Officials: Centralia Sinkhole Unrelated to Underground Fire

February 18, 2019 Updated: February 18, 2019

CENTRALIA, Pa.—State environmental authorities say a 100-foot sinkhole found in a central Pennsylvania town almost completely emptied by a decades-long underground fire is unrelated to the blaze.

The (Bloomsburg) Press Enterprise reports that a Department of Environmental Protection crew started work on Feb. 15, to fill the sinkhole near Route 61 in Centralia. Work is expected to continue this week.

The Department of Environmental Protection’s Bureau of Abandoned Mine Reclamation says it’s due to mine subsidence on a different underground coal seam, and mine maps indicate such things occurred before the fire.

A $42 million federal relocation program moved more than 1,000 people out of Centralia by the late 1980s because of the fire that’s burned underground since 1962. Only a few people who sued for the right to remain still live there.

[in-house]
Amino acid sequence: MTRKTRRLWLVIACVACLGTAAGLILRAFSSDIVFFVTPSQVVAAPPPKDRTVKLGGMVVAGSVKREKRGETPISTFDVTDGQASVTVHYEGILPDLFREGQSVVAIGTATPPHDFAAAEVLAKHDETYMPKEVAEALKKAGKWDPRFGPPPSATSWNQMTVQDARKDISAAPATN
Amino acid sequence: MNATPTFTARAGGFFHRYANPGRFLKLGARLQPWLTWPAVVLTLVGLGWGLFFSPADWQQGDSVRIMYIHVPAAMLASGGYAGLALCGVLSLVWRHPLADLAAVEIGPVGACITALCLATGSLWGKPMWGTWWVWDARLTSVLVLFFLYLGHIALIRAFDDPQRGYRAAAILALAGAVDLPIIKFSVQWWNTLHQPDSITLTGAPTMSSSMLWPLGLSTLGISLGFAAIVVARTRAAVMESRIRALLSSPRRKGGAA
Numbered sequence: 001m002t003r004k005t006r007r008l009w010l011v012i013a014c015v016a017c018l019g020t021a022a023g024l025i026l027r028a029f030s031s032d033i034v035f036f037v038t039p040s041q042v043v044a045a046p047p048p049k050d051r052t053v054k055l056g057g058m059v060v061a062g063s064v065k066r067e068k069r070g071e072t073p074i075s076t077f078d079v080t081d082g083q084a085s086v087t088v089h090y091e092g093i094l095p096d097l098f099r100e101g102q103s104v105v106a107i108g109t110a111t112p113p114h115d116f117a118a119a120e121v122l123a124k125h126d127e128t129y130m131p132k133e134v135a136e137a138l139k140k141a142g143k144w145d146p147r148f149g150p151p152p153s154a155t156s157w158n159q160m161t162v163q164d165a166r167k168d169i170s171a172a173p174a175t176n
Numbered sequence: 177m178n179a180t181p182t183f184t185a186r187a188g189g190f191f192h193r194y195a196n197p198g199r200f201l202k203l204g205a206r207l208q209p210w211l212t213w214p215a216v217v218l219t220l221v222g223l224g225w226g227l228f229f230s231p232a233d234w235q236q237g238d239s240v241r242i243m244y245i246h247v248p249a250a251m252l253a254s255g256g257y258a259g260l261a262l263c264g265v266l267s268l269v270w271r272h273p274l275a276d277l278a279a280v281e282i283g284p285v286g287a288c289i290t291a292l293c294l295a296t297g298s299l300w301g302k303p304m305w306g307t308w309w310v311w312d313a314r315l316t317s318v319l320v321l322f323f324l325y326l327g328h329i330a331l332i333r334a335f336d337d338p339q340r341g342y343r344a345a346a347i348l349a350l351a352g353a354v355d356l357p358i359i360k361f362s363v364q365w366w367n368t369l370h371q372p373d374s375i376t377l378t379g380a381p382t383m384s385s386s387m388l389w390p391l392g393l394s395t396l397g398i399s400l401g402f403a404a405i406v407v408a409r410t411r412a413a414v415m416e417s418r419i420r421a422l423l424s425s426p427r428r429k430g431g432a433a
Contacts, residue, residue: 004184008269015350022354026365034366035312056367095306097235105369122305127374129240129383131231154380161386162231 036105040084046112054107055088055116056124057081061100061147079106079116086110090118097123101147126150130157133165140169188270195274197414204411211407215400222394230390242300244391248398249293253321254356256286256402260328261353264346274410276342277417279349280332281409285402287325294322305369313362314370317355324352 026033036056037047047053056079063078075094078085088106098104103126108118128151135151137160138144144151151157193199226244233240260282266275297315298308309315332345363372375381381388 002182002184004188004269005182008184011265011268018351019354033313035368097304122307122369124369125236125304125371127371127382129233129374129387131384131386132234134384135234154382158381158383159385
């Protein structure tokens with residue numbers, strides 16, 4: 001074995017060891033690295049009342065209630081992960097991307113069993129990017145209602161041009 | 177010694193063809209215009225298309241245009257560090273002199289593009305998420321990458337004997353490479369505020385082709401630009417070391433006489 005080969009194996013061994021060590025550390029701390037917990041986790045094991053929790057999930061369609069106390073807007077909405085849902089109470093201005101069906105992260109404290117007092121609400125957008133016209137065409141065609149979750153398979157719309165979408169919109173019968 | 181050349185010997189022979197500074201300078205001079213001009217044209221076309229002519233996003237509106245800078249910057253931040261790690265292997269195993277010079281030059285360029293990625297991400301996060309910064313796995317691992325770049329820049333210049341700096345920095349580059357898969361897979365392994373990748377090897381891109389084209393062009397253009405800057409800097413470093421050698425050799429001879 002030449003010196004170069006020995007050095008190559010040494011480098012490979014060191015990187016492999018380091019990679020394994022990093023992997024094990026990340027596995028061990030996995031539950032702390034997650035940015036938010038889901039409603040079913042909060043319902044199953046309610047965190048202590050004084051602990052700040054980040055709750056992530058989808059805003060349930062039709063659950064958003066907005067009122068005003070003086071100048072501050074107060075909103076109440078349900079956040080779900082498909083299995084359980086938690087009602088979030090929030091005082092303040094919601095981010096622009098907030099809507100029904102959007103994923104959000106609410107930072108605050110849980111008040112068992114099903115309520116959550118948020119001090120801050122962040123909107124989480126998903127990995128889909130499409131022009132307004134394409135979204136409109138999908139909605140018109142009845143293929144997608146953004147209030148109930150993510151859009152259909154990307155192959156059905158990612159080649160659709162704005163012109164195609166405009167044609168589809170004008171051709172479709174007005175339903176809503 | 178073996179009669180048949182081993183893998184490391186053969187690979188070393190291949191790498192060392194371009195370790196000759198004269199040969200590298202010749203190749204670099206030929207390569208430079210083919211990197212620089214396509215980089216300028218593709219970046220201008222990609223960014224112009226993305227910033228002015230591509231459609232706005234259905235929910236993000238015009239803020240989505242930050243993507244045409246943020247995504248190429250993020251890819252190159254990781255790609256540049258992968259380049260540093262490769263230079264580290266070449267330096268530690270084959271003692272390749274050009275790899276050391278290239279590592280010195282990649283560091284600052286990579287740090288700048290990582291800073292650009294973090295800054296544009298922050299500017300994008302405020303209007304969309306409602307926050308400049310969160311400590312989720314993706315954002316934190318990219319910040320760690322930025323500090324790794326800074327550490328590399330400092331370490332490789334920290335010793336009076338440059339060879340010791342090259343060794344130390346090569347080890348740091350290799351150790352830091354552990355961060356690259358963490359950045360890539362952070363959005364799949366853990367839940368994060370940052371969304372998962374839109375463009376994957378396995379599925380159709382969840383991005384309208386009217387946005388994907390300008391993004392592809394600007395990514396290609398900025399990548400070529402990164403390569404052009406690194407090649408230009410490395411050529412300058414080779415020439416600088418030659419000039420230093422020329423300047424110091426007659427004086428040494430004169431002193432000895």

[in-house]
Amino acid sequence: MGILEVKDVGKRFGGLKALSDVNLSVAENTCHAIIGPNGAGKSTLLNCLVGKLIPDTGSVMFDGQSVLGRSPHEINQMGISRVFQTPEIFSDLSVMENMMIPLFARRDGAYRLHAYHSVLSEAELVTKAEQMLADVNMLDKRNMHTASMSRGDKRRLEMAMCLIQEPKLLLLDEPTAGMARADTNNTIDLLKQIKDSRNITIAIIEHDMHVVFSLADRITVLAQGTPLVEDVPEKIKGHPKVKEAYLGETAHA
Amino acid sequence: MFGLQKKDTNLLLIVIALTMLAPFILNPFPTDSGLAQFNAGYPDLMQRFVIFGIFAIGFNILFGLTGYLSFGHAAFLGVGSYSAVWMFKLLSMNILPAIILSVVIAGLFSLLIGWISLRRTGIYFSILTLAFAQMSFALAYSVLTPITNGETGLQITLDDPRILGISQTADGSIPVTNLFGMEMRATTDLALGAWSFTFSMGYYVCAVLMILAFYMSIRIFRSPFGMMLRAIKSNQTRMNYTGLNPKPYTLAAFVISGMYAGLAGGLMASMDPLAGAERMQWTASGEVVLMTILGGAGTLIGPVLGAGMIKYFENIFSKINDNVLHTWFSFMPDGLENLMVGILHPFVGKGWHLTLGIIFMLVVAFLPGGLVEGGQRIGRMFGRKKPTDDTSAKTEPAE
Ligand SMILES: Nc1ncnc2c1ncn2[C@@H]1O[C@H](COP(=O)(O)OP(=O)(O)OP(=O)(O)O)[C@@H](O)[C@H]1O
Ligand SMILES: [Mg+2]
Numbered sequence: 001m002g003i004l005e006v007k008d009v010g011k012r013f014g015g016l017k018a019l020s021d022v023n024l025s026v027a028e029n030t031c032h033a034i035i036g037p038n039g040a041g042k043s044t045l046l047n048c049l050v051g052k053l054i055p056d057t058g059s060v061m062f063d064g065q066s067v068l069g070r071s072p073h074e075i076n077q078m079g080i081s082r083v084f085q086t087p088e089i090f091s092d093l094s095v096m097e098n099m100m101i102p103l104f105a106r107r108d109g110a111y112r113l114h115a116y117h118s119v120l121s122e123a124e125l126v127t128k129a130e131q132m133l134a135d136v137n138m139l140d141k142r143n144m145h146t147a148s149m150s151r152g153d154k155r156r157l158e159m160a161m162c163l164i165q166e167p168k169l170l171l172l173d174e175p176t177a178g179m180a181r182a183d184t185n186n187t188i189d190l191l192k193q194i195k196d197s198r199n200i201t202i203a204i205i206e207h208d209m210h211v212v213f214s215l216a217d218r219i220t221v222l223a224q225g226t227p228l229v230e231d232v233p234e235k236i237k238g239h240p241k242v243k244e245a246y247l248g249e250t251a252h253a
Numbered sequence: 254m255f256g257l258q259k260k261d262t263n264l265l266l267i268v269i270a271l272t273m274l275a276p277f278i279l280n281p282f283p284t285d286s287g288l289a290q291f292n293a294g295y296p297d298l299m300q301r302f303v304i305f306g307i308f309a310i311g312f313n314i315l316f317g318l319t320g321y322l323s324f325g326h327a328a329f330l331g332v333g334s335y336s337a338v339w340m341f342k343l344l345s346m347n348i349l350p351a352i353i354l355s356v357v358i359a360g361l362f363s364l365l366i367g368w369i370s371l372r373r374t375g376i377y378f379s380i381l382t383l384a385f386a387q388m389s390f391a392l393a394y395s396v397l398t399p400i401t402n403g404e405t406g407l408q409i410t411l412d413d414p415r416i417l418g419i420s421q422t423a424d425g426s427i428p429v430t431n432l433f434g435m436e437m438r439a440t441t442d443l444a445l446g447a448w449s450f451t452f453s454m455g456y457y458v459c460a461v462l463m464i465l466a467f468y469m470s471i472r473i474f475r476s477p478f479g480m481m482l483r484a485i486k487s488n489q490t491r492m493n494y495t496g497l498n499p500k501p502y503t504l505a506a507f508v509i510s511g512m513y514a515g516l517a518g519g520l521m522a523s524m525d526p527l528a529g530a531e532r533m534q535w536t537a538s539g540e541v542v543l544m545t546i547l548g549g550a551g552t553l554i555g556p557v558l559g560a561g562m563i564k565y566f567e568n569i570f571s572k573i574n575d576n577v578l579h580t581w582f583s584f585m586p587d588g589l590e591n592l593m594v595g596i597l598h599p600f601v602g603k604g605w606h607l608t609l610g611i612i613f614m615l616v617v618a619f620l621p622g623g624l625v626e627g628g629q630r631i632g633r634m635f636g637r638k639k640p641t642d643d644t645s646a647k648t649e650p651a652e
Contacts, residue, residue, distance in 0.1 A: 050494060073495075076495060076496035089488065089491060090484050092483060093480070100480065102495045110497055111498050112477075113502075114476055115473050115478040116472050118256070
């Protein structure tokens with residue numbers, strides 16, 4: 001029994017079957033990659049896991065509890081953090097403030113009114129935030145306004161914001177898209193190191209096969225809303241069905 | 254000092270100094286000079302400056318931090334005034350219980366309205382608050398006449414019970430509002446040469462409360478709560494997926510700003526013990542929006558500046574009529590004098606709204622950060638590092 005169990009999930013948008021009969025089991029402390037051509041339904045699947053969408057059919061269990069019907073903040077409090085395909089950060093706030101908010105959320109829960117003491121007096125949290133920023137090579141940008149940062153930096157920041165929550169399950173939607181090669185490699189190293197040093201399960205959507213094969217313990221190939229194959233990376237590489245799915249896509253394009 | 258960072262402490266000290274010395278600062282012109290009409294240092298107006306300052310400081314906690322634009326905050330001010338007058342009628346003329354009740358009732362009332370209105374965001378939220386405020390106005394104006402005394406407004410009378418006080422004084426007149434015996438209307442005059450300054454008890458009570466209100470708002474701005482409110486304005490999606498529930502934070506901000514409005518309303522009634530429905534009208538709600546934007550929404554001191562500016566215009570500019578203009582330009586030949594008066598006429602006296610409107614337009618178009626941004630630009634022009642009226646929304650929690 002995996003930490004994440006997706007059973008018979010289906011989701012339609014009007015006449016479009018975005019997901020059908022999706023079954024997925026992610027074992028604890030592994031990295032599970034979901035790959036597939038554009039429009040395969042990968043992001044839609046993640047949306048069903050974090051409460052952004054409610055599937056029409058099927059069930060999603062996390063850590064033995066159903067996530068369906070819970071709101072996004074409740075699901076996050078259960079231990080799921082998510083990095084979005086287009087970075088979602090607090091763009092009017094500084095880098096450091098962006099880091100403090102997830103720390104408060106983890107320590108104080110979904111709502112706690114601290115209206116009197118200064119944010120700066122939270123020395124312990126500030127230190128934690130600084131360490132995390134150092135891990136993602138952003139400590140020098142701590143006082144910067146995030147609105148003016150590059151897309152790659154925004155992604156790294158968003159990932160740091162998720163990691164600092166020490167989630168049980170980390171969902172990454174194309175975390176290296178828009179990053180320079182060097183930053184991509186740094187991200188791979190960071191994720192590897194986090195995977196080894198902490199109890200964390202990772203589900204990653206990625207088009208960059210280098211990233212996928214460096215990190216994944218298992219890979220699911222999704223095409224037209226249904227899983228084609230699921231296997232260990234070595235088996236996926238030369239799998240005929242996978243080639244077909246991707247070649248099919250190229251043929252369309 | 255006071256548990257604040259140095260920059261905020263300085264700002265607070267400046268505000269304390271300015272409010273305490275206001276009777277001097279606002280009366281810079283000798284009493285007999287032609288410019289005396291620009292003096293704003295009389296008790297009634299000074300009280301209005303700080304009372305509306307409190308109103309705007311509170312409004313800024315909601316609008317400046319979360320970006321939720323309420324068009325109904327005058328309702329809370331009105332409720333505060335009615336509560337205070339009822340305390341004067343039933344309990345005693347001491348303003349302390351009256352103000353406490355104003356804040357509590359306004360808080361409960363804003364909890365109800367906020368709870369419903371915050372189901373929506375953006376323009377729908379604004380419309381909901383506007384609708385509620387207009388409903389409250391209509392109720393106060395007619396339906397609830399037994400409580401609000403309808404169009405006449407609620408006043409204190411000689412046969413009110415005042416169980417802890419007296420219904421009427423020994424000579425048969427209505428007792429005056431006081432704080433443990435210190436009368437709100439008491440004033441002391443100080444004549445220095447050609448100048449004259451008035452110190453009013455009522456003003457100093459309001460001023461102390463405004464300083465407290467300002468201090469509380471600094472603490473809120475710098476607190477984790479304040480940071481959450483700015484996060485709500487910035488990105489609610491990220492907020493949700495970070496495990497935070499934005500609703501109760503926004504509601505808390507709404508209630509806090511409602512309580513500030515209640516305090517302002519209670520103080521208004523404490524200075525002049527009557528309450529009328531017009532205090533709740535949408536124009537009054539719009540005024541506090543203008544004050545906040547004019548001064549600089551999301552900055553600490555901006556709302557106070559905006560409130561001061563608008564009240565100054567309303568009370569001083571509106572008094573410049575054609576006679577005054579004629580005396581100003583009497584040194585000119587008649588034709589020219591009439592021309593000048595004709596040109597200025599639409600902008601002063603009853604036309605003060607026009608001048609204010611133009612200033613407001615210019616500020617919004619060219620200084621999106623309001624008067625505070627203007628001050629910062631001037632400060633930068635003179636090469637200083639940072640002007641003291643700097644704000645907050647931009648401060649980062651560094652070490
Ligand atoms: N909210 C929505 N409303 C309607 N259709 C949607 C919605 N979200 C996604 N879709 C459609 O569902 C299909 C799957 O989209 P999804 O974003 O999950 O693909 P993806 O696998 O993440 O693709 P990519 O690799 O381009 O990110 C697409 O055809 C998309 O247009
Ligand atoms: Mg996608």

map
Map of areas in the U.S. with bedrock that is susceptible to dissolution in water. In these areas, underground cavities can form, and sinkholes may occur (U.S. Geological Survey)

Sinkholes are difficult phenomena that have impacted many homes in Central Florida. The area is prone to sinkhole formation as voids and cavities grow over time in the underlying limestone bedrock. Eventually, the weight of the earth above the underground cavities collapses to form sinkholes.

According to the U.S. Geological Survey’s website, sinkhole damage has cost at least $300 million per year on average over the last 15 years.

NTD News reporter Melanie Sun contributed to this report.

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